web analytics
December 26, 2014 / 4 Tevet, 5775
 
At a Glance
InDepth
Sponsored Post
8000 meals Celebrate Eight Days of Chanukah – With 8,000 Free Meals Daily to Israel’s Poor

Join Meir Panim’s campaign to “light up” Chanukah for families in need.



A Reality-Driven Foreign Policy?

In the beginning, President Obama really thought he could change the world. And he had specific plans to do so, both here and abroad.

In the Middle East he resolved to bring the Arab countries into the 21st century by promoting democratic elections to rid the region of its despots. He ignored what he knew from his own experience as a community organizer and presidential candidate – namely, that elections go to the better organized – and ignored the lesson learned by his predecessor, George W. Bush, whose own vision of a Democratic Middle East was dealt a severe blow when the organized and motivated Hamas swamped the feckless Fatah in the U.S.-supported parliamentary election in Gaza in 2006.

In his Cairo speech a few months after taking office, Mr. Obama called for free and democratic elections and promised, as incentive, to retool U.S. relations with the Muslim world. The president’s words gained immediate traction, and within a year what became known as the Arab Spring was in full bloom. But it quickly became obvious that old dictators were being replaced by new autocrats obsessed with exercising power for its own sake and waging war on political rivals with scant attention paid to the wishes and needs of the people.

In Egypt, to cite the most pertinent example, Egyptian voters, after forcing Hosni Mubarak out of office through massive demonstrations and the assistance of the military, proceeded to elect one of the leaders of the radical fundamentalist Muslim Brotherhood, Mohamed Morsi, as president. Mr. Morsi thereupon proceeded to pack the government with members of the Brotherhood and sought to rule by decree. He also tried to ensure that the new constitution would be written by Islamists and he removed judges who opposed him.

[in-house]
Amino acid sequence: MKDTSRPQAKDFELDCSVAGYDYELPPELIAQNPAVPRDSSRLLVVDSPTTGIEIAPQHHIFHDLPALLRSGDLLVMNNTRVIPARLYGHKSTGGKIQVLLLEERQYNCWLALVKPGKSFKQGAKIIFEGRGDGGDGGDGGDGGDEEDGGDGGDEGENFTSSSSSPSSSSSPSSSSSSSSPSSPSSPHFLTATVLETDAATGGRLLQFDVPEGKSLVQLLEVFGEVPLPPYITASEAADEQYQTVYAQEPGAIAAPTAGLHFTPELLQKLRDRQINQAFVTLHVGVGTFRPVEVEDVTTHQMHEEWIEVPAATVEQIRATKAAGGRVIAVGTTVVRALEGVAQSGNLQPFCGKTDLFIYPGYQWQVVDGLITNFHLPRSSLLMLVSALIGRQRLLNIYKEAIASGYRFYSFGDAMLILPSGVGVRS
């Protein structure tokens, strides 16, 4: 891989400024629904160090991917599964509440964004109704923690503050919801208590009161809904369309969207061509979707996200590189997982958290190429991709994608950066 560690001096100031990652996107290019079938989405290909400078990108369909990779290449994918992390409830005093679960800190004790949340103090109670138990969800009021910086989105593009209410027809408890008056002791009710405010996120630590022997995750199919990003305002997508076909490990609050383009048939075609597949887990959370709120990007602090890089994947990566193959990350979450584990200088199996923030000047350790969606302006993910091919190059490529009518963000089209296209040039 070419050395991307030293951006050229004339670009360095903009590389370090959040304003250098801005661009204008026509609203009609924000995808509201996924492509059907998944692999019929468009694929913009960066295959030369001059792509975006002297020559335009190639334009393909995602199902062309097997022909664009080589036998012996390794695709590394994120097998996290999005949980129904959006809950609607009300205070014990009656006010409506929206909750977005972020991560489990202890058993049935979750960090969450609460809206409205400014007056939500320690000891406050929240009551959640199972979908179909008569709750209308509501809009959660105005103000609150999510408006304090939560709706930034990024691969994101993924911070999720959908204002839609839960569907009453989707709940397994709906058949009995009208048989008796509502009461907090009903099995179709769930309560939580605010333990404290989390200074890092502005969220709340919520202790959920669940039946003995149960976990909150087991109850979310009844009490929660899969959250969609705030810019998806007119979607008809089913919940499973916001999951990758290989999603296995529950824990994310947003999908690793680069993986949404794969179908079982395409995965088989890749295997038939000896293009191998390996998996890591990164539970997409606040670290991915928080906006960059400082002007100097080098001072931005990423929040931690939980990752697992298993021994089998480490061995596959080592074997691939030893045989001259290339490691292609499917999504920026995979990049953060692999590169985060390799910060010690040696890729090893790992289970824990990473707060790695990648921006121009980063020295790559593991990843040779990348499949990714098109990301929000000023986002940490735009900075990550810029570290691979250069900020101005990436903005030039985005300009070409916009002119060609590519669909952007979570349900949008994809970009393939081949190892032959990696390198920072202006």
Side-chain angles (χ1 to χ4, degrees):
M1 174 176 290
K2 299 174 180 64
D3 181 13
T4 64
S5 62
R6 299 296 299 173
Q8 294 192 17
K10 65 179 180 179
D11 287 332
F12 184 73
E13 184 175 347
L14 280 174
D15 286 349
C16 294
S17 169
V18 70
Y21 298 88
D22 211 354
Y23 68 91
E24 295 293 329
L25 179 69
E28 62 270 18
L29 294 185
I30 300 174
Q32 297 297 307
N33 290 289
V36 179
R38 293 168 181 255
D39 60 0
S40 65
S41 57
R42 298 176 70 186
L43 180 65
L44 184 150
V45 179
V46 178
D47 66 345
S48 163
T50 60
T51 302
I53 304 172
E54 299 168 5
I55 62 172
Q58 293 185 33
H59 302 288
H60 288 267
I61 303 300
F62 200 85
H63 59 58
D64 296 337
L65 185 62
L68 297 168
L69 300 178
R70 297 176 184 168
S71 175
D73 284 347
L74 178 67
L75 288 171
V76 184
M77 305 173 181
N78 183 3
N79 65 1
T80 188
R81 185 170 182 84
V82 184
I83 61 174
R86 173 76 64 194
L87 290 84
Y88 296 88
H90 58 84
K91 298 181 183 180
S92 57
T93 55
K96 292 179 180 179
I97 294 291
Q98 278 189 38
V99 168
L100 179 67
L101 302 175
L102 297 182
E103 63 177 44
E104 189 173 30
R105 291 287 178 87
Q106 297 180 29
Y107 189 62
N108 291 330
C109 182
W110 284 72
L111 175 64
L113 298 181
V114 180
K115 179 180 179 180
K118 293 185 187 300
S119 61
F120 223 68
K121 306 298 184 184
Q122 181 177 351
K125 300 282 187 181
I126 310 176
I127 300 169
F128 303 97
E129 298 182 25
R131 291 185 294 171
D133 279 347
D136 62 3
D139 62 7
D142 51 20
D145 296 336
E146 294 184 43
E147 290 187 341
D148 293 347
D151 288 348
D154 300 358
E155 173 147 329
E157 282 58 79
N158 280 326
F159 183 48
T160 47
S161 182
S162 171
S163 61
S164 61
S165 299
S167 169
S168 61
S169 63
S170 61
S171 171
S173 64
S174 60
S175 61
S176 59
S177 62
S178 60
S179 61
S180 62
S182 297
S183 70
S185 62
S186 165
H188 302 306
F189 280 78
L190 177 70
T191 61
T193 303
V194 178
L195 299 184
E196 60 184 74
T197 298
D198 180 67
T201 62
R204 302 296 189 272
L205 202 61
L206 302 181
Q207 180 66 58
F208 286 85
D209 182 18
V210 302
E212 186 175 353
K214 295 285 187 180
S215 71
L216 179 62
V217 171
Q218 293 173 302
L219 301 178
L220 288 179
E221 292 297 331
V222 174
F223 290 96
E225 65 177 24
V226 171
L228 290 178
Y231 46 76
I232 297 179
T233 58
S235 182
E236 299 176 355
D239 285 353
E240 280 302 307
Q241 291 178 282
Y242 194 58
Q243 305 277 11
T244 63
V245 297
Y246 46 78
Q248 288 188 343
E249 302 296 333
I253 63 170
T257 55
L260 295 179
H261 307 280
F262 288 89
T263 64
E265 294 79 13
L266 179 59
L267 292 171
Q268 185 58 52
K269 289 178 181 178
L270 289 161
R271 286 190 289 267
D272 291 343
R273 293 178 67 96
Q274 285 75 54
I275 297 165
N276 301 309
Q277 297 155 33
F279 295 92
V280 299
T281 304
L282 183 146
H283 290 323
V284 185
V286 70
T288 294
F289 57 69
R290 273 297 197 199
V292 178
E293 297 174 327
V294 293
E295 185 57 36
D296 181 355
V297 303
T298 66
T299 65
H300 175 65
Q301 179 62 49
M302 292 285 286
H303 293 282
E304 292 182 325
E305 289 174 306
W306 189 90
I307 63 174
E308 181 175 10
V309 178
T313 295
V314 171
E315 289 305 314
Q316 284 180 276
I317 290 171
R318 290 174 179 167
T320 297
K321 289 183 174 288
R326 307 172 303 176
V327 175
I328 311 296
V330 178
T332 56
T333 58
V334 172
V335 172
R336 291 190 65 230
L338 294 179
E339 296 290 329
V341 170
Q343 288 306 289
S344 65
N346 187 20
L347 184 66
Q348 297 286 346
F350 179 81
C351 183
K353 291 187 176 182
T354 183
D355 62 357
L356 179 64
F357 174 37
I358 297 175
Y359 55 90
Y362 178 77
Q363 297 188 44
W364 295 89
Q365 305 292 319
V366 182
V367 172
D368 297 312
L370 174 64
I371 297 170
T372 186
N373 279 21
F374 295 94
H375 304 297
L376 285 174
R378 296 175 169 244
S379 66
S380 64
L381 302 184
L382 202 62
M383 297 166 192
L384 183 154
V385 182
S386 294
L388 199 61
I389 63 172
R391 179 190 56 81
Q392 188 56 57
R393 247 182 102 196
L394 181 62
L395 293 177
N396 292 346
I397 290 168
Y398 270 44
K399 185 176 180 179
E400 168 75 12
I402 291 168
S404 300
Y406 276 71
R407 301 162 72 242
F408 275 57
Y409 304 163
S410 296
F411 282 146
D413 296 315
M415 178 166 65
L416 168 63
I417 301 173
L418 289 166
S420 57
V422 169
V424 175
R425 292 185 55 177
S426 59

The Obama administration’s careful and nuanced reaction to Mr. Morsi’s eviction from office last week at the hands of the Egyptian military suggests that President Obama has abandoned the simplistic notion that elections themselves necessarily result in governmental legitimacy. This is being played out in terms of whether the U.S. will cut off financial aid to Egypt until new elections are held.

U.S. law could not be plainer. Thus, Section 508 of the Foreign Assistance Act provides that

None of the funds appropriated or otherwise made available to this Act shall be obligated or expended to finance directly any assistance to any country whose duly elected head of government is deposed by military coup or decree: Provided, That assistance may be resumed to such country if the President determines and reports to the Committees on Appropriations that subsequent to the termination of assistance a democratically elected government has taken office.

We note that there is no provision for a waiver of this provision.

Yet despite the very public role of the Egyptian military in the ouster of Mr. Morsi, President Obama has referred to U.S. support for “a set of core principles, including opposition to violence” and “a democratic political order with participation from all sides and all political parties.“